Rain Delay 1, Seat Painter 0

I have become convinced that one of the pernicious evils that the 1994 baseball strike has inflicted on us, is the Tyranny of the Long Ball. Think about it for a minute. After Cal Ripken Jr passed Lou Gehrig‘s consecutive game streak, MLB needed something to continue its recovery of popularity after pissing off the fans by cancelling the ’94 World Series (and coincidentally, saving the Braves consecutive division streak in the process, as if the season had played out, the Braves would’ve gotten run by the Expos. THAT team was dynamite. But, I digress.). And the decision to juice the ball to emphasize the home run has had knock on effects that have probably permanently changed the game. Now, I won’t yell at you kids to get off my lawn, because dadgummit, watching your team’s starting infield launch 5 dingers in a game against one of their main divisional rivals sure is fun. And that surge in homer happy hitters (man it sure is early to alliterate, sorry, digression), has led to teams looking for power pitchers to combat the swing for the fences mentality. Of course, while not always true, velocity and command don’t always pair together.

And that is one of the main Unintended Consequences of the Juiced Ball Era – that we have witnessed the near extinction of The Pitcher’s Duel. Seems like every day we get a lot of 7-4 or 8-6 scores. But, last night, the Braves and Pure Evil hooked up in a classic 1-0 game that would’ve been right home back in the 1950’s.

The Marlins ran out their rookie pitching sensation, Jordan Yamamoto, who has been channeling his inner Greg Maddux since being called up. Atlanta countered with Julio Teheran, who was coming off three bad starts after two months of pitching well. But, Julio was facing a team he has controlled, with 12 scoreless innings spread over two starts.

Yamamoto was as advertised. Holding down a potent Braves lineup with an unpredictable array of pitches, ranging from a lollipop 70 mph curve ball to 95 mph heat on the corner. He kept the Braves batsmen off balance by mixing up his pitches, aided no dobt by the fact that there wasn’t much of a ‘Book’ on him. Perhaps after two months in the league, he will be more hittable, but last night he really was sharp. He held the Braves hitless through 4 2/3 innings, walking Josh Donaldson in the 2nd, before Brian McCann finally reached on a single. The only real trouble he faced was in the bottom of the 6th, when he walked Matt Joyce to lead off the inning, and then surrendered a single to Ronald Acuna Jr. for a no out men on first and second situation. However, Ozzie Albies hit a hard groundball to first, which the Fish turned into a nifty 3-6-1 double play. An intentional walk to Freddie Freeman brought Donaldson up, but he grounded weakly back to the pitcher.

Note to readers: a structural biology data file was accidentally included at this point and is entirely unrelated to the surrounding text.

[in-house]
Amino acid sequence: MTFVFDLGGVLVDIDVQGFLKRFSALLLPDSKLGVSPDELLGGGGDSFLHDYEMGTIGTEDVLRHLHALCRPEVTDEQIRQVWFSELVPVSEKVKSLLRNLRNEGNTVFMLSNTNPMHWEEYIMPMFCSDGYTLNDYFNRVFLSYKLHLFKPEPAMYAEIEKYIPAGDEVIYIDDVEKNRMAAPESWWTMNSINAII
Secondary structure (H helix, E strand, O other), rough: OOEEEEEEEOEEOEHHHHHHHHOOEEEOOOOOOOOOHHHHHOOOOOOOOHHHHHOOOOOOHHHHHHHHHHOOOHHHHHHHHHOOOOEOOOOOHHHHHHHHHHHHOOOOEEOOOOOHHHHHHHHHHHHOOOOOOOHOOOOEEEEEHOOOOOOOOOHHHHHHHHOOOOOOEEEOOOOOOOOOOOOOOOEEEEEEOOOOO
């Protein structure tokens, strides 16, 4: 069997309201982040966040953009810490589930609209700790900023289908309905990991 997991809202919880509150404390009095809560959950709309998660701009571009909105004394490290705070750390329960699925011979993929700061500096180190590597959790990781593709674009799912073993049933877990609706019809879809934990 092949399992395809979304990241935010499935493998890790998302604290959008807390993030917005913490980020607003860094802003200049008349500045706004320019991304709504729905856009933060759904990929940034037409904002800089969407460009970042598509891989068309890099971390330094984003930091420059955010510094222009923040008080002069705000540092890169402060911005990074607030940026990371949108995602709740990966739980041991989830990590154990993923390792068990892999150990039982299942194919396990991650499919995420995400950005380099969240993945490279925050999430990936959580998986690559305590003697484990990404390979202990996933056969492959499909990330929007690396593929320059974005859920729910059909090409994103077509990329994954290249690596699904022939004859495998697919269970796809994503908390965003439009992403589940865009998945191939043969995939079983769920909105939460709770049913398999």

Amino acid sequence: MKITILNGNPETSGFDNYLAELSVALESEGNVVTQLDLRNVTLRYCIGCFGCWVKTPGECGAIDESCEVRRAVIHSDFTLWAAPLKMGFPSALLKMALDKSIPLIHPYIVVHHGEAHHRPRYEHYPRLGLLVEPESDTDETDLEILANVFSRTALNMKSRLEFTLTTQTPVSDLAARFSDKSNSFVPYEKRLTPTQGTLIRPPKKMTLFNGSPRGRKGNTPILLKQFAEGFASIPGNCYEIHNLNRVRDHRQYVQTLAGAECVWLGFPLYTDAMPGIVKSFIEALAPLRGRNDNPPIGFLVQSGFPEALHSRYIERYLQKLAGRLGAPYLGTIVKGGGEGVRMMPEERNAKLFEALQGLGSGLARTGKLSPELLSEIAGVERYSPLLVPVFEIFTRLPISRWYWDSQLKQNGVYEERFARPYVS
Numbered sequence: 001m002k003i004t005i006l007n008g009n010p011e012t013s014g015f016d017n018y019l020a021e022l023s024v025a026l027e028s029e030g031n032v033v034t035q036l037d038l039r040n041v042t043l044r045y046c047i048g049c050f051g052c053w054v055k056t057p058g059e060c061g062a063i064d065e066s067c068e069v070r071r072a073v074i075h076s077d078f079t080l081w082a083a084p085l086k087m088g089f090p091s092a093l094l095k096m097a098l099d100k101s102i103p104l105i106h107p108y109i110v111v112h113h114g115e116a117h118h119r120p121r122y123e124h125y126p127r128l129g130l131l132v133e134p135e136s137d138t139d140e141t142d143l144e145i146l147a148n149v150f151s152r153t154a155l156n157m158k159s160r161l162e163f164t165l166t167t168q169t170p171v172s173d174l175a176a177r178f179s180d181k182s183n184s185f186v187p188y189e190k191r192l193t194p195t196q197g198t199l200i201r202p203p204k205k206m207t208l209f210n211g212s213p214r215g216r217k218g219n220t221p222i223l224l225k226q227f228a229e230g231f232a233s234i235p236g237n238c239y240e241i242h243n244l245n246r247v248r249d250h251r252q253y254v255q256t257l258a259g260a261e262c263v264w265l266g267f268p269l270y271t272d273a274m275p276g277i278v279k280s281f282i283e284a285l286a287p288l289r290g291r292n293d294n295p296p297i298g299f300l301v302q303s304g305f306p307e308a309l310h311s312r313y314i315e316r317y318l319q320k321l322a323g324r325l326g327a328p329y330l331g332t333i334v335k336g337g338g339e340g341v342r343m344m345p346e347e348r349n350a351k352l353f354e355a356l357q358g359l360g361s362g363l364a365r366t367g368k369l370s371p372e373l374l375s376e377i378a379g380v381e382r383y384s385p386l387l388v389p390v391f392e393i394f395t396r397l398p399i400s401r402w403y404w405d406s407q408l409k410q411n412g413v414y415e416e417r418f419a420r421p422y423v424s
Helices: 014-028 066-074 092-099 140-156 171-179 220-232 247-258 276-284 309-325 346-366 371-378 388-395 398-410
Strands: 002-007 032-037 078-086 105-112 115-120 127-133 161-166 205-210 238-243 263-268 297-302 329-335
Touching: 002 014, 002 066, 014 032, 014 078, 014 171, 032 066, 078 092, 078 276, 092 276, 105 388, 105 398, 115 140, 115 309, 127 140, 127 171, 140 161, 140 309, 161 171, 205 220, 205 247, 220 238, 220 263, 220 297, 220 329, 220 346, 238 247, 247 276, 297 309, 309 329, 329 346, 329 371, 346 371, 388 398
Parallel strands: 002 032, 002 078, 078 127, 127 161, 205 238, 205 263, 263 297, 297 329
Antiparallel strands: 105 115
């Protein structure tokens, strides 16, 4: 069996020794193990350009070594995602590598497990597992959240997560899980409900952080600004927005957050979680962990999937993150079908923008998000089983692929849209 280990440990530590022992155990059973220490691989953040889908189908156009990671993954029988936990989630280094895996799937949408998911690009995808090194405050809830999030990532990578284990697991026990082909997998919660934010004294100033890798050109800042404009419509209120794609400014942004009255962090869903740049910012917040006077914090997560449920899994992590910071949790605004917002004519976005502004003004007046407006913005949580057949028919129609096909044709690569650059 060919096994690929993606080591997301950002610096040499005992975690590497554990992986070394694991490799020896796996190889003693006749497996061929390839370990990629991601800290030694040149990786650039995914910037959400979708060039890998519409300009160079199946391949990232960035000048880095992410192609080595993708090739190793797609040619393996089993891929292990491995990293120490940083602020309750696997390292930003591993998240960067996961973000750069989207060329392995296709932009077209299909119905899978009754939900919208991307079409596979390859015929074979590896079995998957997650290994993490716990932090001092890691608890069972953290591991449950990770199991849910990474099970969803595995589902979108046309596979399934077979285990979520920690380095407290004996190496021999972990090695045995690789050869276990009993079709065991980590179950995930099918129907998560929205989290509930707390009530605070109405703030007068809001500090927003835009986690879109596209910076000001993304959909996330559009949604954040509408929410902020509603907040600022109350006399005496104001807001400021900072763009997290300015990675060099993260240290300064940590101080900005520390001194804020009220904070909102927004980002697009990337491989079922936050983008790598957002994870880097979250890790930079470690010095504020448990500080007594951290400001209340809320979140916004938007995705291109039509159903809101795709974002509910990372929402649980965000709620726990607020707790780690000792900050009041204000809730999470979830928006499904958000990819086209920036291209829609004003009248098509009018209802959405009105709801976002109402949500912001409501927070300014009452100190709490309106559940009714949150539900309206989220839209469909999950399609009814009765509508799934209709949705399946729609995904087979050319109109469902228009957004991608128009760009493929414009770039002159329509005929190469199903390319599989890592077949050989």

Julio, on the other hand, was pulling off his Julio Joudini act most of the night. Julio started by giving up singles in the first to Curtis Granderson with one out, and another single to Neil Walker with two down, but retired Starlin Castro to end the threat. Jorge Alfaro led off the second with yet another single, but was erased on a double play. Yamamoto led off the third with yet another hit, singling to center. He advanced to second when Miguel Rojas grounded to short. Johan Camargo made a fantastic play going to his right to retire Rojas, who was initially called safe, but replay reversed the call when it showed Claude’s throw nipped him by at most two millimeters. A two out walk was followed by Julio going to 3-2 to Walker, but Walker struck out looking on a borderline pitch. Which was probably ball 4, but we’ll take it. There were a number of irritated batters last night with the home plate umpire’s zone.